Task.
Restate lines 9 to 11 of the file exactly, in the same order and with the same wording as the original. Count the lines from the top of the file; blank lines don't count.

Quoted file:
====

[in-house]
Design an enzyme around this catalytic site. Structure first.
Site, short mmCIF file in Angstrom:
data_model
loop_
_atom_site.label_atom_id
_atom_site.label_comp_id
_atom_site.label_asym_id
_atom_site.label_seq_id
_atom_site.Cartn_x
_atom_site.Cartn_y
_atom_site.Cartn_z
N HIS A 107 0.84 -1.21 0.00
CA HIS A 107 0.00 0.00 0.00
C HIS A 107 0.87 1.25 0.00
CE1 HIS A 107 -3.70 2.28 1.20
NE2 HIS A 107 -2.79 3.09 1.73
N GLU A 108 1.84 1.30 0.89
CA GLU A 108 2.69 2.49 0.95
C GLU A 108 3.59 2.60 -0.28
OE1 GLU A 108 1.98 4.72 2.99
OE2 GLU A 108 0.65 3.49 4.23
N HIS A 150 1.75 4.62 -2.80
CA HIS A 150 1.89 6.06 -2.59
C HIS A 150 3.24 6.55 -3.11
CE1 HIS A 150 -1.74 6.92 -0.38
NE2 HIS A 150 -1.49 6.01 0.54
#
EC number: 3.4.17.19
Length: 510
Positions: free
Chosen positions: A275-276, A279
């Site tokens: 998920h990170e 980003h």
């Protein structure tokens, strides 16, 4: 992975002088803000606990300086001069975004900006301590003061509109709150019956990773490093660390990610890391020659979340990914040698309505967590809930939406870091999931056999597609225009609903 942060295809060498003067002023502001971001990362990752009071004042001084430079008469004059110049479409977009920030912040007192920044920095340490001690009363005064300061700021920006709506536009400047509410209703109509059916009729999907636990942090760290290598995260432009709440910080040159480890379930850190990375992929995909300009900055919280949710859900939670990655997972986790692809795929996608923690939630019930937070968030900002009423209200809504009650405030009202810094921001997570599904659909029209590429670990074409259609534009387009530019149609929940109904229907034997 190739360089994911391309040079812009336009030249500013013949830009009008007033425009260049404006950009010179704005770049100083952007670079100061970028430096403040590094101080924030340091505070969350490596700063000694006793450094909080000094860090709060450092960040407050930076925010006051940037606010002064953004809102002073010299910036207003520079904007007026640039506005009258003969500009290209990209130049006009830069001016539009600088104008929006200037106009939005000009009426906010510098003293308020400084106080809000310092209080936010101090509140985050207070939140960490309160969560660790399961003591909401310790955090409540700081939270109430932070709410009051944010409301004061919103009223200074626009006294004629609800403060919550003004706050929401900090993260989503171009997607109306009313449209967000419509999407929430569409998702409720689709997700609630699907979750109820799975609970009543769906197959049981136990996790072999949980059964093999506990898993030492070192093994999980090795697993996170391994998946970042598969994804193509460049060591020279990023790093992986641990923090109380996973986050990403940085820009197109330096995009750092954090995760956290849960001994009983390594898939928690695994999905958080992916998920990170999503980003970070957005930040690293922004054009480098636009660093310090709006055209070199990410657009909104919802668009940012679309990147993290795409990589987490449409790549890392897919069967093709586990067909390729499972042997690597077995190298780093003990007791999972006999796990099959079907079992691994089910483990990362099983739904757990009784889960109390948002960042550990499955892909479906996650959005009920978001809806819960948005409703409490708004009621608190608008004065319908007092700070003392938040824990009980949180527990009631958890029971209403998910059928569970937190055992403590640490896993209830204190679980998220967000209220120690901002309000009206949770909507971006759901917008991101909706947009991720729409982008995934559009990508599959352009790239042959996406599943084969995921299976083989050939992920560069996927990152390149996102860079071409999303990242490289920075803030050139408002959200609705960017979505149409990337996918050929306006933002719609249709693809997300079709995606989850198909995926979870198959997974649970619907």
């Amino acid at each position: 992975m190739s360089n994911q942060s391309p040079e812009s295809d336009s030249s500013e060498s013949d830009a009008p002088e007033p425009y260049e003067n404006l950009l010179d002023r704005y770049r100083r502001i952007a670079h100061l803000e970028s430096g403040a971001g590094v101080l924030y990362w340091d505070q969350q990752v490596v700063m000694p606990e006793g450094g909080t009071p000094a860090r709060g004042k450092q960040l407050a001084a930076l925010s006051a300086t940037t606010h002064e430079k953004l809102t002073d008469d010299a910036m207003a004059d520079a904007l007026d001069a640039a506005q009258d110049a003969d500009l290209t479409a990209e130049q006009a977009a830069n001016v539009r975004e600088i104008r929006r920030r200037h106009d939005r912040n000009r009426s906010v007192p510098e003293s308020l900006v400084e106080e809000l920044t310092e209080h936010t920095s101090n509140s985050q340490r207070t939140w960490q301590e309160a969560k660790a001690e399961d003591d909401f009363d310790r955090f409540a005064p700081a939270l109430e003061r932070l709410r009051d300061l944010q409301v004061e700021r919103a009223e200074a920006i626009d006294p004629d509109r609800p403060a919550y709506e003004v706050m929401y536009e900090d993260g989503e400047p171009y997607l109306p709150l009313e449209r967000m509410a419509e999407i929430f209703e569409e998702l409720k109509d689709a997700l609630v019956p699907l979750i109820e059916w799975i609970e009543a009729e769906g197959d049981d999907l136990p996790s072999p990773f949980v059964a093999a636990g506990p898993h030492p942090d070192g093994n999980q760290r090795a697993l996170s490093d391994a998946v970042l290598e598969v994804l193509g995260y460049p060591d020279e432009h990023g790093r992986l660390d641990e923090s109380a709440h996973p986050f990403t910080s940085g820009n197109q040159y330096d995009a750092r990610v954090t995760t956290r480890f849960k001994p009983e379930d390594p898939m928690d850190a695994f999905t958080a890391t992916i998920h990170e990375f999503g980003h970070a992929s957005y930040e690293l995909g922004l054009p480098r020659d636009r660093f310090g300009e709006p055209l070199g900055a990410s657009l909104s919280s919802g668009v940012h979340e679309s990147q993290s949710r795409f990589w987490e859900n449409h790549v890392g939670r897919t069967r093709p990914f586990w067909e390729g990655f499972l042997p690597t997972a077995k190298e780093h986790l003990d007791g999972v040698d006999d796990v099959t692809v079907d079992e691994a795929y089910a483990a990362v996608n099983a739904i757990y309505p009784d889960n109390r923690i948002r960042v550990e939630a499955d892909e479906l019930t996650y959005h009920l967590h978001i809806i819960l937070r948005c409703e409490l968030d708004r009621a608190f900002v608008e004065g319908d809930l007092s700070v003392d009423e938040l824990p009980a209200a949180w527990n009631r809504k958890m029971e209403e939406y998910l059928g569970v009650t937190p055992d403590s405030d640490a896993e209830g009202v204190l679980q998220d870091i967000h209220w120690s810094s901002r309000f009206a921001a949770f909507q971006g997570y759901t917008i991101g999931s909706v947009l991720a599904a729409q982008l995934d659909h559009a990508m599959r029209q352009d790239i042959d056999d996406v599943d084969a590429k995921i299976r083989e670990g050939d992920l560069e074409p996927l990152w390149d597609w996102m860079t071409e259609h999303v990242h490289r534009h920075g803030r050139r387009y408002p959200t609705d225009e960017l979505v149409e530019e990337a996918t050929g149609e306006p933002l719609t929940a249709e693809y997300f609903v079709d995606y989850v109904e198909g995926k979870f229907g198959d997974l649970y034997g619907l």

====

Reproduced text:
_atom_site.label_seq_id
_atom_site.Cartn_x
_atom_site.Cartn_y